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Old 10-01-2011, 06:21 PM   #1
Jay Guindon
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Default ACSM Weight Training Critique

Carpinelli, Ralph N.; Otto, Robert M.; Winett, Richard; (2004-06). "A critical analysis of the ACSM position stand on resistance training: Insufficient evidence to support recommended training". Journal of Exercise Physiology online 7 (3). ISSN 1097-9751. Retrieved 2007-07-01

Anyone else read this? Thoughts?
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Old 10-02-2011, 06:59 AM   #2
Steven Low
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Not sure why you want this reviewed.. I think there's more updated stuff that may prove better?
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Old 10-02-2011, 08:30 AM   #3
Donald Lee
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Carpinelli is the leading HIT-proponent/researcher. I am not going to read it, but there are 3 meta-analyses I can think of that indicate that multiple sets are better than a single set. FYI, Carpinelli's application of the size principle is also wrong.
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Old 10-02-2011, 08:57 AM   #4
Jay Guindon
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I didn't necessarily want it reviewed, I just wondered if others had read it and what they thought. I do however appreciate Donald pointing out the HIT bias. I did not know that, and the review doesn't necessarily promote HIT however. Some components do like number of sets but repetition duration and frequency do not. Anyways, no need to read it and review, but if you have already read it then feel free to comment.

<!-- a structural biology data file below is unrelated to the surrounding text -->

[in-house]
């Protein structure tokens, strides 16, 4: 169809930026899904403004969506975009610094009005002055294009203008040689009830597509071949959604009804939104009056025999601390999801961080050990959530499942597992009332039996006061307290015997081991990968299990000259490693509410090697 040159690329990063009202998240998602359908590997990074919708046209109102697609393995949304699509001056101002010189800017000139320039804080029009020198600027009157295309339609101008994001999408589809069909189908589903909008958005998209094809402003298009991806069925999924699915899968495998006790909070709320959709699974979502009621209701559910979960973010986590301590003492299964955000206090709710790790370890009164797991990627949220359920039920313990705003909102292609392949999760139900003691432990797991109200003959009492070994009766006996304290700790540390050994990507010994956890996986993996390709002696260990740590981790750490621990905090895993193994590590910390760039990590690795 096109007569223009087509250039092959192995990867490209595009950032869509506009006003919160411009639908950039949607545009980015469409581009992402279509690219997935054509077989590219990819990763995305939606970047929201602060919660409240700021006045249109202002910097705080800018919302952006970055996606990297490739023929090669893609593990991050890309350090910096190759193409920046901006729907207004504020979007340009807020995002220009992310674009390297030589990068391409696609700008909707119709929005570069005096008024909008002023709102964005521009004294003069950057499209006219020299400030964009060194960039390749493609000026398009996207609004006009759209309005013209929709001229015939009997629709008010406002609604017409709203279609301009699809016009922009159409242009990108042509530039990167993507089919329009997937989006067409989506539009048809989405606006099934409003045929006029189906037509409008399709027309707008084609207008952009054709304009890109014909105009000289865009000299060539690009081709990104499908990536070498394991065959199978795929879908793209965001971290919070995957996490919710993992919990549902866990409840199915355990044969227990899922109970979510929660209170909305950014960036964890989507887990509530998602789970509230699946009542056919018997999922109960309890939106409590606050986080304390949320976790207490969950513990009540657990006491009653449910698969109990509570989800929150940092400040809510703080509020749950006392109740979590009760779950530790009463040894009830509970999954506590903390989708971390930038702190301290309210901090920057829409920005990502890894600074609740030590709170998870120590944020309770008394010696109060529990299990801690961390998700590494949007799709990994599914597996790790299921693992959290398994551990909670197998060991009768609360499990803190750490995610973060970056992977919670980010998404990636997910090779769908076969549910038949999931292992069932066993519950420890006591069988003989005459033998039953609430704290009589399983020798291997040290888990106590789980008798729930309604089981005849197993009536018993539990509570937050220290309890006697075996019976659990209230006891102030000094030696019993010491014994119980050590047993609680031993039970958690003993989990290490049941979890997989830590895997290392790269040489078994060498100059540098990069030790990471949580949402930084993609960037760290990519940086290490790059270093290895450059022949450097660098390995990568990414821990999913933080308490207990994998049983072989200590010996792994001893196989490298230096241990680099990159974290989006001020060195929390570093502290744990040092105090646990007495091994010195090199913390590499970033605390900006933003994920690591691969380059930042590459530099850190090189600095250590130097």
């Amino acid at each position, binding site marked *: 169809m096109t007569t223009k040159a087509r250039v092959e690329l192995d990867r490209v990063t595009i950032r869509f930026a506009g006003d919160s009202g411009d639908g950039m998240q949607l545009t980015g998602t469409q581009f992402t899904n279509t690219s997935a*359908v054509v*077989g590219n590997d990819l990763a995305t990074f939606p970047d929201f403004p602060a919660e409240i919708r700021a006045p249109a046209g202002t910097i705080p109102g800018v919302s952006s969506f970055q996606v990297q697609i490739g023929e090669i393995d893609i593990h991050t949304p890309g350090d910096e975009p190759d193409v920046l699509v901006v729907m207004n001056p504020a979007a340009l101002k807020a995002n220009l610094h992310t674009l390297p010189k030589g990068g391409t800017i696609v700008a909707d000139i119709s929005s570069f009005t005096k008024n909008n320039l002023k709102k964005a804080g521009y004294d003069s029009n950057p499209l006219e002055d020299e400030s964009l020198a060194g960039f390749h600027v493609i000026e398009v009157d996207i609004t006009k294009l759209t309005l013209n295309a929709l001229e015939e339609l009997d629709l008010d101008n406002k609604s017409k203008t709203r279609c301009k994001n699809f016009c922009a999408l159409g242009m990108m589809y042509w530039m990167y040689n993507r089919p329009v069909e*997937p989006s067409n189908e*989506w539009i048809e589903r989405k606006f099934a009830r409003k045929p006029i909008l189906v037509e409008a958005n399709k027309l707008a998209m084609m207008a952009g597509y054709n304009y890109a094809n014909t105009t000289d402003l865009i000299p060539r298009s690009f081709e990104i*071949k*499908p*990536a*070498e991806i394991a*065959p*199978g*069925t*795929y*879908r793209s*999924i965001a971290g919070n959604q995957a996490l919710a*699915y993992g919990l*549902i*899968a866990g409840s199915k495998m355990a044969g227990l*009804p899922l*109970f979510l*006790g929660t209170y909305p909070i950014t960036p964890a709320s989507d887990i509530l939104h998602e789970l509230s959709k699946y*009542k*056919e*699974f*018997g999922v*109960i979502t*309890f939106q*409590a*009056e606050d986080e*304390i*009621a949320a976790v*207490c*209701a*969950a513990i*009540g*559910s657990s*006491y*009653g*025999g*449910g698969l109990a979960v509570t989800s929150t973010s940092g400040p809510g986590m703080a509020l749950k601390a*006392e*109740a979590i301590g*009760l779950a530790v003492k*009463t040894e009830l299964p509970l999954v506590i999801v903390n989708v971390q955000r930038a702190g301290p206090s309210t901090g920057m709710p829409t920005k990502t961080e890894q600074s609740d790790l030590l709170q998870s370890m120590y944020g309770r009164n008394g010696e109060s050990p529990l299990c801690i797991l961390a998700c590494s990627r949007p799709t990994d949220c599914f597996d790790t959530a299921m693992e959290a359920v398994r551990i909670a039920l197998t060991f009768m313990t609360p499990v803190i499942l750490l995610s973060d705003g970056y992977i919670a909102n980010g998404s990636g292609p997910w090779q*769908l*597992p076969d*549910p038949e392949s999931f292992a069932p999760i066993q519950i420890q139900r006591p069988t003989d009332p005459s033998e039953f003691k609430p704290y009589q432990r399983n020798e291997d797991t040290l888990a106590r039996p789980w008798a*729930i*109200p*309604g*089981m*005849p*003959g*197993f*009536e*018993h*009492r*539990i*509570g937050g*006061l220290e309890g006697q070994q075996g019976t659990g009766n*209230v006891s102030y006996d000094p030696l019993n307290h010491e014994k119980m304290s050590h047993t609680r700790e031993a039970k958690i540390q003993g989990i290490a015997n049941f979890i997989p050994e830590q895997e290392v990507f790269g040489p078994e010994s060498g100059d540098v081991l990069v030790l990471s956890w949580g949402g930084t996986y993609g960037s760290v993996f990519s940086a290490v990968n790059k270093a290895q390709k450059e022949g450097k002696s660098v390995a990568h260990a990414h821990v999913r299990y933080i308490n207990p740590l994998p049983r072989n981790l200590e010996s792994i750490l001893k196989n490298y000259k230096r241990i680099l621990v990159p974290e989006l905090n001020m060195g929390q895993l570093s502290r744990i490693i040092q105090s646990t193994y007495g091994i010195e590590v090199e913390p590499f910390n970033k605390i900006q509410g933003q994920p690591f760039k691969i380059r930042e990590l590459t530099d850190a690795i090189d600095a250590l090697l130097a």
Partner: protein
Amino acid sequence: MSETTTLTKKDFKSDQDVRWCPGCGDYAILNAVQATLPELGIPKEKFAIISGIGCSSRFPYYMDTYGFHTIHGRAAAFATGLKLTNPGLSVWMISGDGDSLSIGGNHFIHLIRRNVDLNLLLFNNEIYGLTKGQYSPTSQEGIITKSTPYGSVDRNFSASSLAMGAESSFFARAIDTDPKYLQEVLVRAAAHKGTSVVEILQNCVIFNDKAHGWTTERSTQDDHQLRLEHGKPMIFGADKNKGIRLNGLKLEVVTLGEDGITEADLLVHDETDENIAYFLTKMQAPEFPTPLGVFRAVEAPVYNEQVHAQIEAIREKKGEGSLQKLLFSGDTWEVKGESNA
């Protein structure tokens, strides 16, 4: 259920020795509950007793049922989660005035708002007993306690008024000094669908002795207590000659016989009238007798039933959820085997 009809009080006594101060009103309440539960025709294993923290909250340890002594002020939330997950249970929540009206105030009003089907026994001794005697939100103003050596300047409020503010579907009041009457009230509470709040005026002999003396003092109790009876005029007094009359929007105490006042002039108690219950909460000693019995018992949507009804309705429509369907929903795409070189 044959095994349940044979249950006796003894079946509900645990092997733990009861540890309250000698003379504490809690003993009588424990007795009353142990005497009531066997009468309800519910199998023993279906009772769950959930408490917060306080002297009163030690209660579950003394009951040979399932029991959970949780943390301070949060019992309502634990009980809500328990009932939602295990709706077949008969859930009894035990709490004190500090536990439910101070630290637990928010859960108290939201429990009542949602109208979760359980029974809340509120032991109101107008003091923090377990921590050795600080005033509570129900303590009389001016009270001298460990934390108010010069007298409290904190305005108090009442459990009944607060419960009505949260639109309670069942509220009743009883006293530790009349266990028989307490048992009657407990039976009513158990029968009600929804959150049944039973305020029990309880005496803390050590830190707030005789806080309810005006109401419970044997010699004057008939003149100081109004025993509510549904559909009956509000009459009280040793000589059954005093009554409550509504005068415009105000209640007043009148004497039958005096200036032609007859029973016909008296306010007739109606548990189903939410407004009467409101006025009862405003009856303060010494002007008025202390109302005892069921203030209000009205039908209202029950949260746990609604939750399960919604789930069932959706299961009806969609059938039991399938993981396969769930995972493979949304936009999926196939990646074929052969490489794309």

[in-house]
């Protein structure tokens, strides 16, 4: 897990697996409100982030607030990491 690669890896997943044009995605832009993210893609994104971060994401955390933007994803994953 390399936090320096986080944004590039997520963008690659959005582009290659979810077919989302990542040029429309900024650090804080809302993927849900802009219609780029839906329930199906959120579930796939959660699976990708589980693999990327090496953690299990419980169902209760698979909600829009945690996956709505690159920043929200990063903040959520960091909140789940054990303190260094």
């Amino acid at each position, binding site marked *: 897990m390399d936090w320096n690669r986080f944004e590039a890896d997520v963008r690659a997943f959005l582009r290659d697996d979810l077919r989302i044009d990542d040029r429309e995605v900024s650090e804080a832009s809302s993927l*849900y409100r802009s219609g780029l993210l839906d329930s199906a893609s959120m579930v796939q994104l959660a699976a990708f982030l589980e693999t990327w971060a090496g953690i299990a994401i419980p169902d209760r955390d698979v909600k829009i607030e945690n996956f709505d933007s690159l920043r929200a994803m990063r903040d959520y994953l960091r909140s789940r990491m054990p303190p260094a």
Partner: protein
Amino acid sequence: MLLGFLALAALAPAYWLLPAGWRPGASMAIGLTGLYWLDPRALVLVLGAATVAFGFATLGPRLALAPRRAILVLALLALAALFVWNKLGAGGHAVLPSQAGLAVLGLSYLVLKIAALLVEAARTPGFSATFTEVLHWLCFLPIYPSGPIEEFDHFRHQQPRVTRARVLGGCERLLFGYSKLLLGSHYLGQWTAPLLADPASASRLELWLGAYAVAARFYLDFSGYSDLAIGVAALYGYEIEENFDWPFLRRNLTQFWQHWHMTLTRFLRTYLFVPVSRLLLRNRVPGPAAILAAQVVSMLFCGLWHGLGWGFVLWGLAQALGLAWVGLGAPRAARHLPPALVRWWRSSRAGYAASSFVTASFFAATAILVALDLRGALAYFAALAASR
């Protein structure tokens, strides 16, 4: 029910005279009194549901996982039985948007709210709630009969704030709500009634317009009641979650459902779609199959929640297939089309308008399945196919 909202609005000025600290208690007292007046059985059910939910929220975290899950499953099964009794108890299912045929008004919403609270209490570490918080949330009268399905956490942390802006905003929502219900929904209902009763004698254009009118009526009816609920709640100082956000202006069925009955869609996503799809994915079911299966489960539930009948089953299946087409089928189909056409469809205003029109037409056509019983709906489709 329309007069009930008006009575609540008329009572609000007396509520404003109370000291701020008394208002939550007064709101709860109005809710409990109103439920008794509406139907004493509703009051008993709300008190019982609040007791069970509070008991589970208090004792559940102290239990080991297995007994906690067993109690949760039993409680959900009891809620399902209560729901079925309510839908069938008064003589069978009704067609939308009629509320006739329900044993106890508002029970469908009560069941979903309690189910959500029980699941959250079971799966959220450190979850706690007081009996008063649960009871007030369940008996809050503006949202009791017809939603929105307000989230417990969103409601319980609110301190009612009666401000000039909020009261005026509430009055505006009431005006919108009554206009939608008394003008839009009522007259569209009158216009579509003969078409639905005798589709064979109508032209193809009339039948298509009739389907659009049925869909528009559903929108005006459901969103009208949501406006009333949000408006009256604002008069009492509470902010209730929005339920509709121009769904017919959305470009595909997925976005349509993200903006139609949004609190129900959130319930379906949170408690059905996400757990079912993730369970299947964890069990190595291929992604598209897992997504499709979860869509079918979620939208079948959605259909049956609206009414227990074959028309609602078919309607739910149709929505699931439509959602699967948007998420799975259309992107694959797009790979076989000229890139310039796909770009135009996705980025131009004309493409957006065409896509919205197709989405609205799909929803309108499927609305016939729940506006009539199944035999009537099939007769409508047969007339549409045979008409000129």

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Old 10-02-2011, 09:25 AM   #5
Donald Lee
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Jay, why don't you post some stuff you gleaned from it, and then some of us can discuss those points. You could also post quotes from the article.
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Old 10-02-2011, 02:41 PM   #6
Jay Guindon
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From the recommendations section:
I guess the assertion that one set was enough was surprising, but that has been talked about.
The other was that any range of repetitions from 3-15 would give the same strength gains. I was under the impression lower reps and heavier weights were better for strength.
And the last was that strength gains are the same from machines as free weights. I understood free weights required more muscles to be activated, including stabilizers, and that greater strength transfer happened with free weights (better for creating everyday strength)
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